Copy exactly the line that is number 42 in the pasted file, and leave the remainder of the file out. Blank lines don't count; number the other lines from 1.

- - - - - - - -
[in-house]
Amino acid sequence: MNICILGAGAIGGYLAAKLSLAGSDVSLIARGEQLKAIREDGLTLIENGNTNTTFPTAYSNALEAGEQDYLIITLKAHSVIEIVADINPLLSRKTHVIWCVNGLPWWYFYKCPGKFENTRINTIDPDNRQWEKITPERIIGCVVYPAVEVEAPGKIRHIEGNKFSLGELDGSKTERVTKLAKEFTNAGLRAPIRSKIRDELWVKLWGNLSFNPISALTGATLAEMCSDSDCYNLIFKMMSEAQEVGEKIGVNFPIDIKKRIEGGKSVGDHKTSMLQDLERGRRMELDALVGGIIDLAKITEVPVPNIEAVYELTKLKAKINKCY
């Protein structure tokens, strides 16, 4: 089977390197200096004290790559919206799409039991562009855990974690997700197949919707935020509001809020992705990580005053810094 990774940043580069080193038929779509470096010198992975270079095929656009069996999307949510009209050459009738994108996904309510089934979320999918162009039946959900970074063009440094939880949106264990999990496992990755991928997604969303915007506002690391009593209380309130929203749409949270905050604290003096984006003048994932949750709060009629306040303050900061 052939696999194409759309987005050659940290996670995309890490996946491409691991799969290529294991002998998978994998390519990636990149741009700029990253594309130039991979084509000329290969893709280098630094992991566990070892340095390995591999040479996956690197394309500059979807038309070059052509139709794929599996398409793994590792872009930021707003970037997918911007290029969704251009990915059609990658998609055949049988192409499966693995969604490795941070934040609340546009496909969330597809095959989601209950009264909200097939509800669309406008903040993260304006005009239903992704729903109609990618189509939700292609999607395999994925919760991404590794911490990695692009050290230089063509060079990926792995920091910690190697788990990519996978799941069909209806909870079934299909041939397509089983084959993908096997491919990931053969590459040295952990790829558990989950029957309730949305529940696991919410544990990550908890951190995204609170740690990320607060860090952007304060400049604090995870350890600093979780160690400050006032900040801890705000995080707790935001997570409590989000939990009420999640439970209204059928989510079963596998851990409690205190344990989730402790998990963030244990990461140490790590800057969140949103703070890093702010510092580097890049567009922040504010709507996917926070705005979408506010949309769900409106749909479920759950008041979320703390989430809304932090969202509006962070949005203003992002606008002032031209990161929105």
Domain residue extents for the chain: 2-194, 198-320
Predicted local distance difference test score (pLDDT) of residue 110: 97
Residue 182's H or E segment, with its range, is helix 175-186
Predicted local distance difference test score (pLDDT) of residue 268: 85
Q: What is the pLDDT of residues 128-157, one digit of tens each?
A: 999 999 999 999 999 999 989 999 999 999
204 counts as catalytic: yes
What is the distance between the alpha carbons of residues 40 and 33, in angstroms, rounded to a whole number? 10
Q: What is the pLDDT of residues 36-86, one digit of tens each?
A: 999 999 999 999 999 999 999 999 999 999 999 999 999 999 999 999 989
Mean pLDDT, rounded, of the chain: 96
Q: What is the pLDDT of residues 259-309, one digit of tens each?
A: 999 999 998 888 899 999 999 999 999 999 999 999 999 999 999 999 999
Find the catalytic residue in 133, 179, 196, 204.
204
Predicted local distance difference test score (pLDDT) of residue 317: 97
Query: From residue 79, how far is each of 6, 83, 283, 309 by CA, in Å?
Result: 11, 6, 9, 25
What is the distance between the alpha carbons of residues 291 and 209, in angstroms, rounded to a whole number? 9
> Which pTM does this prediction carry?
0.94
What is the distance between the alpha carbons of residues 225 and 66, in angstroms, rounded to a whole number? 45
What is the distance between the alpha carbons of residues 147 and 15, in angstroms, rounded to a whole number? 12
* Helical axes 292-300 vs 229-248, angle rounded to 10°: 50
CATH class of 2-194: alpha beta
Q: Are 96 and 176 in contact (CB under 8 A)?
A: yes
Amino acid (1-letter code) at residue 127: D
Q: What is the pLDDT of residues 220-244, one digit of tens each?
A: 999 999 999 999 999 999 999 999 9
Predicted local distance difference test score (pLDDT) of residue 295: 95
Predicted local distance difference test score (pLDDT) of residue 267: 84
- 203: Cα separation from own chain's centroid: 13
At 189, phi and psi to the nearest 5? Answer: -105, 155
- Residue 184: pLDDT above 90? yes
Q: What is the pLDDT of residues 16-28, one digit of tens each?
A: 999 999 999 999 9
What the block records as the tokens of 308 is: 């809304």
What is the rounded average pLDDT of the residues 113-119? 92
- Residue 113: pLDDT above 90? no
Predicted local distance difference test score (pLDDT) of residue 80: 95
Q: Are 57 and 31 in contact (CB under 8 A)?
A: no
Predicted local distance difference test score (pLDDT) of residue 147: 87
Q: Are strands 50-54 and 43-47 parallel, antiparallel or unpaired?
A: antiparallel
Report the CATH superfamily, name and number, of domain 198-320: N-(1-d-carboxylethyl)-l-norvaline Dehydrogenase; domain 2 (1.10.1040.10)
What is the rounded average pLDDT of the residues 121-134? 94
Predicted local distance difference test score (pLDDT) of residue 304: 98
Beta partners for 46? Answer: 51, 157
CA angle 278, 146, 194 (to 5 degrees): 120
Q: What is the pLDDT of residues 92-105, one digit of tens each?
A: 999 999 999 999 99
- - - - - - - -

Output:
What is the rounded average pLDDT of the residues 113-119? 92